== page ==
A sweet friend at work is pregnant with her first child and just found out she is having a girl. After the initial congratulations, I asked her how she was feeling about it.
She told me that she was scared. She was excited, but scared.
Having a daughter just seemed so much heavier of a job for a mama.
Not the physical running around part, but the day to day interactions, the desire to instil a positive self-confidence in this little being; to raise up a young woman who respects herself and knows she is beautiful.
As my own daughter begins to transition from toddler to little girl, I am faced with this reality. How am I portraying the idea of a woman to her? How am I describing beauty to her? How am I lifting her up in a way that fosters a confident and positive strong will? When I write it all out, it does seem all that more heavy.
All the sudden, we as mothers of little girls, are forced to examine how we view ourselves. What is the self-image I am projecting? Because she is watching.
Everyday, she is watching her mama. She is listening to what I say, whether it's about her, someone else, or myself. She is watching me put on my makeup and brush my hair. She watches my interactions with her dada. How I let him stop me each night in my dish washing frenzy and hold me for just a few seconds.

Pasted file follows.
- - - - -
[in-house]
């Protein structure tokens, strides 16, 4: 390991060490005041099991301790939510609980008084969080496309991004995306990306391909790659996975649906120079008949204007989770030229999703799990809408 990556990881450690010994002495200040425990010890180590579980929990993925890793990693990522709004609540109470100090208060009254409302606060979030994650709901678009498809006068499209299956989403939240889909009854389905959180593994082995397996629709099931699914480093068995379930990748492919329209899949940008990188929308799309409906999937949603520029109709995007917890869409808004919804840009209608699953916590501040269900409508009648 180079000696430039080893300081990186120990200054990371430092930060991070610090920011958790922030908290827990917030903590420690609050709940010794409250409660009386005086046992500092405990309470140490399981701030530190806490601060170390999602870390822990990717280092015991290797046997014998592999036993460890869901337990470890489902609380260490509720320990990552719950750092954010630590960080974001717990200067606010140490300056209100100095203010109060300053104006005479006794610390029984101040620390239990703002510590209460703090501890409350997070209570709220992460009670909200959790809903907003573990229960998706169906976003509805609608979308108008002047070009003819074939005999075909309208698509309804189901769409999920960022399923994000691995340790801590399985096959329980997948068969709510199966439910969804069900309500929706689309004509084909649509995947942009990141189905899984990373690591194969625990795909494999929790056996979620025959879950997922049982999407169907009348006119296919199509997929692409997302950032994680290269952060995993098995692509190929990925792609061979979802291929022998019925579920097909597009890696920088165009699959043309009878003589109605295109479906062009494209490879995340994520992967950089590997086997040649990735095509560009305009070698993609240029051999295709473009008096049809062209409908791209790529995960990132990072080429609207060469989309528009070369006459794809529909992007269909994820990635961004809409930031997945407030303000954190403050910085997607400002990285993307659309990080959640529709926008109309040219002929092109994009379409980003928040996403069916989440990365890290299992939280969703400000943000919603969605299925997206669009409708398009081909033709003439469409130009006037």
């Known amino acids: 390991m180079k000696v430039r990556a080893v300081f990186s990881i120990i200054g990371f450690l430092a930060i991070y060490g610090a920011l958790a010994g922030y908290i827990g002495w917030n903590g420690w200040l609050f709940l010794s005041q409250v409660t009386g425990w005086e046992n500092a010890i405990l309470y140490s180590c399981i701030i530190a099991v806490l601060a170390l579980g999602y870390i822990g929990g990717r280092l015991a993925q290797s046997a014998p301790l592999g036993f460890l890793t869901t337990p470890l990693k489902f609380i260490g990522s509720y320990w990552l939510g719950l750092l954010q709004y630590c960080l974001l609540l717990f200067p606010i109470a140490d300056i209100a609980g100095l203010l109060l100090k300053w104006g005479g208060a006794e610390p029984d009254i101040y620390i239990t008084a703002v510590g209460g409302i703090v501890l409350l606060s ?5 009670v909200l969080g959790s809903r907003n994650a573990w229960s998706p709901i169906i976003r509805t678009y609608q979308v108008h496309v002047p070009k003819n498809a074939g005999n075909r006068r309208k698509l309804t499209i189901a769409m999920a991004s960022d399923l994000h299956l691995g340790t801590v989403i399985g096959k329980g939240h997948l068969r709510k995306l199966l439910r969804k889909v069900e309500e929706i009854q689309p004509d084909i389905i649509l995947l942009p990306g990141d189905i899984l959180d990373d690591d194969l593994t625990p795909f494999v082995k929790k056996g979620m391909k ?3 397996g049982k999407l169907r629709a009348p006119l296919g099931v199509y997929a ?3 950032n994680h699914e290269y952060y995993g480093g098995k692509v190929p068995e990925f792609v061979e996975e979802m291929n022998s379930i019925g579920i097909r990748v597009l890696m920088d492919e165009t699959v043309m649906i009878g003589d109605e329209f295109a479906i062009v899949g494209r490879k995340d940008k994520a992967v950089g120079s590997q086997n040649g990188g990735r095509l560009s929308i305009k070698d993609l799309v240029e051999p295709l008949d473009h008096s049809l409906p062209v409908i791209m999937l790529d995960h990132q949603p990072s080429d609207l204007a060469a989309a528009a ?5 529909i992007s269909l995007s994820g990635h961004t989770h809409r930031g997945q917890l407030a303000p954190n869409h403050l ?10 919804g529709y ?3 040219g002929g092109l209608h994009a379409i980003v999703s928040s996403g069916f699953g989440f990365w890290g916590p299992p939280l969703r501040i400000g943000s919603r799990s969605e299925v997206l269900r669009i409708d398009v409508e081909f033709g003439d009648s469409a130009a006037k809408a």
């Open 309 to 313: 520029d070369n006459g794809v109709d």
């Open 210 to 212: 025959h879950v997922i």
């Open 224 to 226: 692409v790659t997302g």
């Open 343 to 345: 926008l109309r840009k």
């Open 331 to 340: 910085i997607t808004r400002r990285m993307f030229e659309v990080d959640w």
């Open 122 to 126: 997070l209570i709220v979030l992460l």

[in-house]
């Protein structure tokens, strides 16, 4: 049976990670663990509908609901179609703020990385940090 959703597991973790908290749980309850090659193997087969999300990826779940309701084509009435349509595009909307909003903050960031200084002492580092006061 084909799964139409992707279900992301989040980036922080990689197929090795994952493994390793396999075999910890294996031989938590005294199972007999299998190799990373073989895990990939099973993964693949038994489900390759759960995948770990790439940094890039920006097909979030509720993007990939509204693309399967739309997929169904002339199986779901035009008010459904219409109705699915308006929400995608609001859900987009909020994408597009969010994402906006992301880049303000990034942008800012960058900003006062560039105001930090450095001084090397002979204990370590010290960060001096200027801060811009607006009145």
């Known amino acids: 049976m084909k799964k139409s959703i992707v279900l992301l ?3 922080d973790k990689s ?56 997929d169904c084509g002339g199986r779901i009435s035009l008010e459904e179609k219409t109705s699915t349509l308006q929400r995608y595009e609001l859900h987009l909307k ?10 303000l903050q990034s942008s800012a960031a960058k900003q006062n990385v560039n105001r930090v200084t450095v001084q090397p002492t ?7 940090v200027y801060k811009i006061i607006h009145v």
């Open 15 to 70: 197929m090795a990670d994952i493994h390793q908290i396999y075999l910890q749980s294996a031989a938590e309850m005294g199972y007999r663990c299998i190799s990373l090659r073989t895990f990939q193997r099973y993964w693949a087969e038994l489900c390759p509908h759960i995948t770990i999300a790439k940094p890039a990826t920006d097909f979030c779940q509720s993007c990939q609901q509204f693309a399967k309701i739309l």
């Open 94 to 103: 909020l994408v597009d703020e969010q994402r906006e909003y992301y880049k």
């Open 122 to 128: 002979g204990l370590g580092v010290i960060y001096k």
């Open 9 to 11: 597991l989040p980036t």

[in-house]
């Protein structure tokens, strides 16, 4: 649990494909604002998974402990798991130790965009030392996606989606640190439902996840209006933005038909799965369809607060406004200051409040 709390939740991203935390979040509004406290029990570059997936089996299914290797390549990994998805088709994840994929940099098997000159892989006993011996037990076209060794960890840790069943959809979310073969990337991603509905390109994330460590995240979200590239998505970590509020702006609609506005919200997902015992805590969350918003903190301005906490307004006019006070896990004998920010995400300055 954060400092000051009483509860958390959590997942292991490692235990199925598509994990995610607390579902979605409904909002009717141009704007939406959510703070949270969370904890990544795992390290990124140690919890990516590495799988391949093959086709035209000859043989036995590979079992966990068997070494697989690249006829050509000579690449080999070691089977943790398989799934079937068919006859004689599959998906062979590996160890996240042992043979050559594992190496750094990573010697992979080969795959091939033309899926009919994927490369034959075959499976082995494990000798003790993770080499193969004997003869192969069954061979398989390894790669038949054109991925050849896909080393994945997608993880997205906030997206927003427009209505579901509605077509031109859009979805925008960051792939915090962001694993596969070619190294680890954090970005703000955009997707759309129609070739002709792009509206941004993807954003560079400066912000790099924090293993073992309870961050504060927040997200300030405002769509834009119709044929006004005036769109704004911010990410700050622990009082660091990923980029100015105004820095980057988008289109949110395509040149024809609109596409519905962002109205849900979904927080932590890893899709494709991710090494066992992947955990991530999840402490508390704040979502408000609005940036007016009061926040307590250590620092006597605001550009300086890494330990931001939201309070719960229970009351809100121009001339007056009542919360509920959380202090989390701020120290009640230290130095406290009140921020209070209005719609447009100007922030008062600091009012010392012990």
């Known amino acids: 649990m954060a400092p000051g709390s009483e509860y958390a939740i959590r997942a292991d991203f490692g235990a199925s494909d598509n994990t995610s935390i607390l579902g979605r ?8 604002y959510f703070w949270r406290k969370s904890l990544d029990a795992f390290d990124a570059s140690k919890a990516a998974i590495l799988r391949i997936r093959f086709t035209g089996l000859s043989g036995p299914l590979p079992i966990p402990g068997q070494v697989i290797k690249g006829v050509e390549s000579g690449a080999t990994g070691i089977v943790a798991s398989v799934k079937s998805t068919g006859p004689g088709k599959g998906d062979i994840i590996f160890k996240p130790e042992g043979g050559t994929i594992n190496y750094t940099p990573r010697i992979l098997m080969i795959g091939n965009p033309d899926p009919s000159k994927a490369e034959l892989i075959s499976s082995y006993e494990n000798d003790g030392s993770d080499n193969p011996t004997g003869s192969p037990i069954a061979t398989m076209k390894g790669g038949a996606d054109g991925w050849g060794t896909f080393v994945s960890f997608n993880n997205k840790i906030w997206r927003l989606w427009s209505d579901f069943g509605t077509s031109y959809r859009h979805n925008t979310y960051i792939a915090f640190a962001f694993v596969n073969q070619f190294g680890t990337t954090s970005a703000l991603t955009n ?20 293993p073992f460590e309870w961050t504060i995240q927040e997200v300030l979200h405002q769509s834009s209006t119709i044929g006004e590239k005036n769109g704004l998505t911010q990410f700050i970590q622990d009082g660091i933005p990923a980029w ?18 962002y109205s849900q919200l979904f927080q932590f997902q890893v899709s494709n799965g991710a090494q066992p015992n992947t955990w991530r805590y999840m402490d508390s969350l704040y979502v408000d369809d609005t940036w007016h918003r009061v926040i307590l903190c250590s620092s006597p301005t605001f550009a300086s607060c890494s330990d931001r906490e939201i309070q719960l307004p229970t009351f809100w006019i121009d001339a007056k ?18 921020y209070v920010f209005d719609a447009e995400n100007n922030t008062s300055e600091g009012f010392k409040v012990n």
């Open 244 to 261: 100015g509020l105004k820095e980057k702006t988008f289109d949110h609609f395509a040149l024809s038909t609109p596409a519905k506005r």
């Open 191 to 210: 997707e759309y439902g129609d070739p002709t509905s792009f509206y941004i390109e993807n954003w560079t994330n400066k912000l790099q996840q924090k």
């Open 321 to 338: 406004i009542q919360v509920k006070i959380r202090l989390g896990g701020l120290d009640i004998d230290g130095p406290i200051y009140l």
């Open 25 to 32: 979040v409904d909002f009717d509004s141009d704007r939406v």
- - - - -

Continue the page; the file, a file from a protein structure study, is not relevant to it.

I want so badly for her to have a strong sense of self, to have a positive self-image, to know she is truly and deeply loved and to know that what she looks like on the outside will never change that.
I don't ever want her to think that she needs to change herself to fit in, or to look just right in order to please others. She is already just right the way she was made.
This world will try to sway her and TV and movies will try to tell her what is beautiful, but in all of that I hope she remembers her mama.
I hope she remembers all those days of messy hair and no makeup. The days where the clothes didn't matter and flip flops worked just fine. The days where her dada showed her tired mama that he loved her in all her realness in front of a sink full of dirty dishes.
Because this is what I have control over. I have control over how I view myself; how I portray myself; and it matters.
Not just for me, but for her.